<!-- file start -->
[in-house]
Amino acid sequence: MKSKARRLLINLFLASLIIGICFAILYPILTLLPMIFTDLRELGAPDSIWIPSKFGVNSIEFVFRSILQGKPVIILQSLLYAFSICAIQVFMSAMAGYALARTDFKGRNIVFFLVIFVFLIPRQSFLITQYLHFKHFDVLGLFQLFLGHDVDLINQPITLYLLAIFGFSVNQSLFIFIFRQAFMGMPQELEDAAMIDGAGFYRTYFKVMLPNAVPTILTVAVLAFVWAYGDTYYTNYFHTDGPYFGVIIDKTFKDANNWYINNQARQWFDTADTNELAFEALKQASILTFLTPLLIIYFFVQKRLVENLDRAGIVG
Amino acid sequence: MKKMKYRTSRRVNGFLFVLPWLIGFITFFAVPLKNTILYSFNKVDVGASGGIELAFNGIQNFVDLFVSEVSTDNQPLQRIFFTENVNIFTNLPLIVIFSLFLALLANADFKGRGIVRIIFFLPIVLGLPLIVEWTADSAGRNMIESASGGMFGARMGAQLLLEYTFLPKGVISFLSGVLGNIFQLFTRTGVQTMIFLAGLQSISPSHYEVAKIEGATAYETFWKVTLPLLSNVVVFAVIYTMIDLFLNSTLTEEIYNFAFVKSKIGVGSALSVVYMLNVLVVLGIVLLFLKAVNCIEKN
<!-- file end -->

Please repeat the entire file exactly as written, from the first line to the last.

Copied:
[in-house]
Amino acid sequence: MKSKARRLLINLFLASLIIGICFAILYPILTLLPMIFTDLRELGAPDSIWIPSKFGVNSIEFVFRSILQGKPVIILQSLLYAFSICAIQVFMSAMAGYALARTDFKGRNIVFFLVIFVFLIPRQSFLITQYLHFKHFDVLGLFQLFLGHDVDLINQPITLYLLAIFGFSVNQSLFIFIFRQAFMGMPQELEDAAMIDGAGFYRTYFKVMLPNAVPTILTVAVLAFVWAYGDTYYTNYFHTDGPYFGVIIDKTFKDANNWYINNQARQWFDTADTNELAFEALKQASILTFLTPLLIIYFFVQKRLVENLDRAGIVG
Amino acid sequence: MKKMKYRTSRRVNGFLFVLPWLIGFITFFAVPLKNTILYSFNKVDVGASGGIELAFNGIQNFVDLFVSEVSTDNQPLQRIFFTENVNIFTNLPLIVIFSLFLALLANADFKGRGIVRIIFFLPIVLGLPLIVEWTADSAGRNMIESASGGMFGARMGAQLLLEYTFLPKGVISFLSGVLGNIFQLFTRTGVQTMIFLAGLQSISPSHYEVAKIEGATAYETFWKVTLPLLSNVVVFAVIYTMIDLFLNSTLTEEIYNFAFVKSKIGVGSALSVVYMLNVLVVLGIVLLFLKAVNCIEKN